Acute and chronic wounds afflict a multitude of patients to varying degrees. Wound care treatment modalities span the spectrum of technological advancement and with that differ greatly in cost. Negative pressure wound therapy (NPWT) can now be combined with instillation and dwell time (NPWTi-d). This case review series of 11 patients in a community hospital setting provides support for the utilization of NPWTi-d. Additionally, current literature on the use of NPWTi-d in comparison to NPWT will be reviewed. 

We highlight three specific cases. The first case is a 16-year-old male who was shot in the left leg. He suffered a pseudoaneurysm and resultant compartment syndrome. This required a fasciotomy and delayed primary closure. To facilitate this, NPWTi-d was employed and resulted in a total of four operative procedures before closure 13 days after admission. Next, a 61-year-old uncontrolled diabetic female presented with necrotizing fasciitis of the lower abdomen and pelvis. She underwent extensive debridement and placement of NPWTi-d with Dakin’s solution. A total of four operative procedures were performed including delayed primary closure six days after admission. Finally, a 48-year-old female suffered a crush injury with internal degloving. NPWTi-d with saline was utilized until discharge home on postoperative day 12.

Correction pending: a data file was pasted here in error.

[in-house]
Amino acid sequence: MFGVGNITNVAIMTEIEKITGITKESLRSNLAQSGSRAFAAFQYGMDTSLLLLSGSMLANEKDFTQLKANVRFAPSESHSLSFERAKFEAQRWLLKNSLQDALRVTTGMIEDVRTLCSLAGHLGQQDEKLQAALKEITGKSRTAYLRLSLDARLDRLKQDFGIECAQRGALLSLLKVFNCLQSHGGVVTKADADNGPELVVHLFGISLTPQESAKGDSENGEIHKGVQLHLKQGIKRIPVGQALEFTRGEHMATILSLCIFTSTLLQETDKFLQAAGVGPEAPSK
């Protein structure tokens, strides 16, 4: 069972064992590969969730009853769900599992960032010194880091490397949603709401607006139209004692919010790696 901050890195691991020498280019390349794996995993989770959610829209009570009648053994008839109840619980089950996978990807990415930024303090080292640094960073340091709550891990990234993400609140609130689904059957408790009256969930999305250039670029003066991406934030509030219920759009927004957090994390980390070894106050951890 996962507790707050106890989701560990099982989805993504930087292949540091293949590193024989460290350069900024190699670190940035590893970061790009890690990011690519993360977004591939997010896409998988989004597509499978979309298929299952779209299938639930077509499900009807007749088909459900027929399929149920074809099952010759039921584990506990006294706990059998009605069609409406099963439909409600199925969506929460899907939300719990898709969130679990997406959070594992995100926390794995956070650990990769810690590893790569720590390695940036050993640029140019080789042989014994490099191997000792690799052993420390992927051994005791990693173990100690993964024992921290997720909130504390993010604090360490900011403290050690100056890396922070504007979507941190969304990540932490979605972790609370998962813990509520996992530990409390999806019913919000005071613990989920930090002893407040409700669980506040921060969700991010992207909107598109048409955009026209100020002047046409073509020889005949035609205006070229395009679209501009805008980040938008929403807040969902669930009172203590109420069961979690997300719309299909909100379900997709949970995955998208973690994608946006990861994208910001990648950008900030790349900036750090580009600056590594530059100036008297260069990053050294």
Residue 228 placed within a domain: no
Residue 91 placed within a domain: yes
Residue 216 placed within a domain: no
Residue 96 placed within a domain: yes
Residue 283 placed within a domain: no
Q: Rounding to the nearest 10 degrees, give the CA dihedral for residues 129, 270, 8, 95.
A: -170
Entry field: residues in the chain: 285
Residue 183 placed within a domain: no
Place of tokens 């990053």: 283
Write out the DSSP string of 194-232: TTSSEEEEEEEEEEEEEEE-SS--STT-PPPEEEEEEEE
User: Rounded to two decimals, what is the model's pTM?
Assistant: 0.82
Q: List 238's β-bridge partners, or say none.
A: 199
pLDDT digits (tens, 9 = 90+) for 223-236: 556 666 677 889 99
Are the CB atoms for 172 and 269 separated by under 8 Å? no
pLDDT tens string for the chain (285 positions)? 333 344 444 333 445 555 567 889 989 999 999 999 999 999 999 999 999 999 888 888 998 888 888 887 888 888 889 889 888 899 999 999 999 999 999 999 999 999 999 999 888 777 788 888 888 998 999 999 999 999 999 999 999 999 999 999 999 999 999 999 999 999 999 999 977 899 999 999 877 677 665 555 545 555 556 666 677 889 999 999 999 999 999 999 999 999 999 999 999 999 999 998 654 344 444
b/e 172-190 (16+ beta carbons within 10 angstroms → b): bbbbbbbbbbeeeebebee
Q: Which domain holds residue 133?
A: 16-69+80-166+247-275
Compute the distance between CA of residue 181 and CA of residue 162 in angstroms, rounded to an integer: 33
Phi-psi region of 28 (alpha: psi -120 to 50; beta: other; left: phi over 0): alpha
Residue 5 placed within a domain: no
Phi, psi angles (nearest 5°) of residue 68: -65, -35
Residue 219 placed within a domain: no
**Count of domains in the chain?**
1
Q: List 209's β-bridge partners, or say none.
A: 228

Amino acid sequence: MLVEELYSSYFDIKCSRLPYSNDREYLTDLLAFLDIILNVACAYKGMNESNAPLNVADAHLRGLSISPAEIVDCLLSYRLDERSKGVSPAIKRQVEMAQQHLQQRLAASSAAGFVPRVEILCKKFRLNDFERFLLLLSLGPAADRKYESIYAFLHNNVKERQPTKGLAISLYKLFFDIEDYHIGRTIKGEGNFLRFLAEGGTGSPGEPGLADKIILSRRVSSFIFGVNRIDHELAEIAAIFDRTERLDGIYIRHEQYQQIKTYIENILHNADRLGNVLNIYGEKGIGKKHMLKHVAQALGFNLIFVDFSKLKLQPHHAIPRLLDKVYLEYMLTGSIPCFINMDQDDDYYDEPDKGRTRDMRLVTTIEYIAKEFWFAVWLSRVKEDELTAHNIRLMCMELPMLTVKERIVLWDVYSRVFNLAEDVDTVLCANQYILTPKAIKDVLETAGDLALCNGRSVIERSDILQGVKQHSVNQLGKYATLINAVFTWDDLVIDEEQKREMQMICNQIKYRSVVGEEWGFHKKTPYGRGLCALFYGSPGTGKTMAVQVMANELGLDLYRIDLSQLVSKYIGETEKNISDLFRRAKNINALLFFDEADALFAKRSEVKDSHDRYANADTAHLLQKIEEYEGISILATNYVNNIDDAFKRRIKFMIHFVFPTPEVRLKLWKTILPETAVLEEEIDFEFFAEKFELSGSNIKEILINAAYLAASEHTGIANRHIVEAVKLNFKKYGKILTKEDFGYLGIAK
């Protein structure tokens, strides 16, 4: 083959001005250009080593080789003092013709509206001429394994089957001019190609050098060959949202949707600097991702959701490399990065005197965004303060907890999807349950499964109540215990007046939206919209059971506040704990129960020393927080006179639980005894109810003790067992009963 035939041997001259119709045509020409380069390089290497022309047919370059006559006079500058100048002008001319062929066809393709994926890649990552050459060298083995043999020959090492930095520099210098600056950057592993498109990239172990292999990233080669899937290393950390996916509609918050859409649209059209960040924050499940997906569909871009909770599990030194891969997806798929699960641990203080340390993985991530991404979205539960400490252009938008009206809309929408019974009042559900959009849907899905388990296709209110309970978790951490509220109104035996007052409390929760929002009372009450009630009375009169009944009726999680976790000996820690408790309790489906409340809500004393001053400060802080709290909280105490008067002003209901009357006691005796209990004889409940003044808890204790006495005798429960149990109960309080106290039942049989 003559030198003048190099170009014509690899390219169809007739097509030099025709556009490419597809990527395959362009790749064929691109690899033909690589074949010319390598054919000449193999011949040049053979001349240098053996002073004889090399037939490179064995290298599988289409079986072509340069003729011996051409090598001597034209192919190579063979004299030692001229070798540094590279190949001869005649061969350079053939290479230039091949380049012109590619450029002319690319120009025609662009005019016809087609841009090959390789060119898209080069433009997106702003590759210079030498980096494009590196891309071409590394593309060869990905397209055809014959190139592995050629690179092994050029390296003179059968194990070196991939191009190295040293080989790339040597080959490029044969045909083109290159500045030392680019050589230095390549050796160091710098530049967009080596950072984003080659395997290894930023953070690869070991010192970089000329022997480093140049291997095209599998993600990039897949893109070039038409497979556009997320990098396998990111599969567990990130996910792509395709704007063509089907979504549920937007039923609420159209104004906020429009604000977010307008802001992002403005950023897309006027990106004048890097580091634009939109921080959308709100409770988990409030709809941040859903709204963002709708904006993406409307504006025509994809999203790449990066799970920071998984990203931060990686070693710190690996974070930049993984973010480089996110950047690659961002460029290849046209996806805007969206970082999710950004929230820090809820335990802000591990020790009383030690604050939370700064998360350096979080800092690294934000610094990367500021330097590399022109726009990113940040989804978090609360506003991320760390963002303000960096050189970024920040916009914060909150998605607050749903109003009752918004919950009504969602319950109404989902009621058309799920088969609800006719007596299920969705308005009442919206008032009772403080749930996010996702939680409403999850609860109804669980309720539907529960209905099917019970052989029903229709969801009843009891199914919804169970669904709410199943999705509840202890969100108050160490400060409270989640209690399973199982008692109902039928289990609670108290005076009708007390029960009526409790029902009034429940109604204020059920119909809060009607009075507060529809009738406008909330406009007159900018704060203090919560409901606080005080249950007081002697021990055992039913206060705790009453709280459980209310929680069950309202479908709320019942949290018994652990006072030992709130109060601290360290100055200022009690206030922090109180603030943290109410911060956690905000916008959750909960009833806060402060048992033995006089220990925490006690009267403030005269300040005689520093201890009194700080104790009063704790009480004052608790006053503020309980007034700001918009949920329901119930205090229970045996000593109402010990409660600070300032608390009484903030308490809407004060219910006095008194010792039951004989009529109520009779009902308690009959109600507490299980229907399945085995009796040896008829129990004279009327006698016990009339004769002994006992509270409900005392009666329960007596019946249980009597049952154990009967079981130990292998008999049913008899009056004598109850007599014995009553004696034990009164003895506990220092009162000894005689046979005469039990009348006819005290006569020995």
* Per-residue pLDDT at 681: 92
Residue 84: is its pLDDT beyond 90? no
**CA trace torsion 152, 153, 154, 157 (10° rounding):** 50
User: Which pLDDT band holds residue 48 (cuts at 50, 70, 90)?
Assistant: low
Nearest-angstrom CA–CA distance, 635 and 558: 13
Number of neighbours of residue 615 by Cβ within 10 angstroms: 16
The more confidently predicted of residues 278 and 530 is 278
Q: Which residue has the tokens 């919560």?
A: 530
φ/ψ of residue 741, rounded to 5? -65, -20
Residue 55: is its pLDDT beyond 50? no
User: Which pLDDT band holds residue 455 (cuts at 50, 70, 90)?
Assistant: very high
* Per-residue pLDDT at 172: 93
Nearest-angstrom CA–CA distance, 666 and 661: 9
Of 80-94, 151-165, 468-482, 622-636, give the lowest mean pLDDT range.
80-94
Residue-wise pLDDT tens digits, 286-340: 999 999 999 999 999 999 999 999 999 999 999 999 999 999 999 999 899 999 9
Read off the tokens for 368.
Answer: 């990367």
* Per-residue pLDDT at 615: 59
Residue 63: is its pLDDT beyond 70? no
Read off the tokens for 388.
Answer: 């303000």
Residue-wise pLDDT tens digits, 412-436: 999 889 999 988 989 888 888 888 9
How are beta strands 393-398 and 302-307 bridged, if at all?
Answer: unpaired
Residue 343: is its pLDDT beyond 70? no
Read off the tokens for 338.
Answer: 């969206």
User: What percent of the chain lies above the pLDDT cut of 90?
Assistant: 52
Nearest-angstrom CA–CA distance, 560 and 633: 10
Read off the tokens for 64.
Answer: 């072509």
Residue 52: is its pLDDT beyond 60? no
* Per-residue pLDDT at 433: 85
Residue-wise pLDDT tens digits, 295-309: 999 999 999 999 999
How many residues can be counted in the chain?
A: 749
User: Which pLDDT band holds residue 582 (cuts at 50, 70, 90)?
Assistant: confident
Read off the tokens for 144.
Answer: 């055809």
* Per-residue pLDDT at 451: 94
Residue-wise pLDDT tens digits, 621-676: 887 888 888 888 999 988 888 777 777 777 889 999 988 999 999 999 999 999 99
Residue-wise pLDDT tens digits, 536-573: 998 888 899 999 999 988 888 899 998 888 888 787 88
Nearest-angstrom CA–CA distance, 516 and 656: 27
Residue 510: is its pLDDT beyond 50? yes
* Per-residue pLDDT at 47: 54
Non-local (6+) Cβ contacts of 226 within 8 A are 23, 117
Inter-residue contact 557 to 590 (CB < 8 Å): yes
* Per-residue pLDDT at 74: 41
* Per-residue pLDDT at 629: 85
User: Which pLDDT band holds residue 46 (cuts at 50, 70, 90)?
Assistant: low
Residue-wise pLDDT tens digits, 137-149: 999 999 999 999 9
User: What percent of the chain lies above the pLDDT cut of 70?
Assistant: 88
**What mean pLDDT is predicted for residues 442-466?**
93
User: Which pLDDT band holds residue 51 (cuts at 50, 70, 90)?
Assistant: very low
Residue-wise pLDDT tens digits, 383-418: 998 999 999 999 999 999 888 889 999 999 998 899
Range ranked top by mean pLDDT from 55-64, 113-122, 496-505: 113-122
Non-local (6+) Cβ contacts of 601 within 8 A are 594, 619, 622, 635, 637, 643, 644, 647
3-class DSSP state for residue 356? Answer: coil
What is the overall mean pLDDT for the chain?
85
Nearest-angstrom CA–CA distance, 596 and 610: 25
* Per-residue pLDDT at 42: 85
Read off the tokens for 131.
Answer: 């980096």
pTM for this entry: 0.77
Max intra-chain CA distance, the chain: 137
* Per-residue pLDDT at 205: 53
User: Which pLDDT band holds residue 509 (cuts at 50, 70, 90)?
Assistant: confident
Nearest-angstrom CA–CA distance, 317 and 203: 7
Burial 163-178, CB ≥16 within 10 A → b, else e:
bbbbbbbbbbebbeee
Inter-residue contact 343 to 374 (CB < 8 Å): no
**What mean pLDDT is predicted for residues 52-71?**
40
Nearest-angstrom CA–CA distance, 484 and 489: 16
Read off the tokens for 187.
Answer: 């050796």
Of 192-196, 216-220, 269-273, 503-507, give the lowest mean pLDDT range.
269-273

NPWTi-d, when compared to NPWT, has been reported to lead to a decrease in time to operative closure, hospital length of stay, as well as operative procedures required. The cost-benefit analysis in one retrospective review noted a $1,400 savings when these factors were taken into account.

This mode of wound care therapy has significant benefits that warrant the development of a prospective randomized controlled trial to further define the improvement in quality-of-life provided to the patient and the reduction of potential overall healthcare costs.



Want to read more?

Create a free account to continue reading this article.

Already a member? Login.



Robert Felte

Department of Surgery, Surgical Critical Care Wound Service, Christiana Care Health System

For correspondence:
robert.felte@gmail.com

Kathy E. Gallagher

Department of Surgery, Surgical Critical Care Wound Service, Christiana Care Health System

Glen H. Tinkoff

Department of Surgery, Surgical Critical Care Wound Service, Christiana Care Health System

Mark Cipolle

Director, Surgical Service Line Outcomes, Department of Surgery, Christiana Care Health System

Robert Felte

Department of Surgery, Surgical Critical Care Wound Service, Christiana Care Health System

For correspondence:
robert.felte@gmail.com

Kathy E. Gallagher

Department of Surgery, Surgical Critical Care Wound Service, Christiana Care Health System

Glen H. Tinkoff

Department of Surgery, Surgical Critical Care Wound Service, Christiana Care Health System

Mark Cipolle

Director, Surgical Service Line Outcomes, Department of Surgery, Christiana Care Health System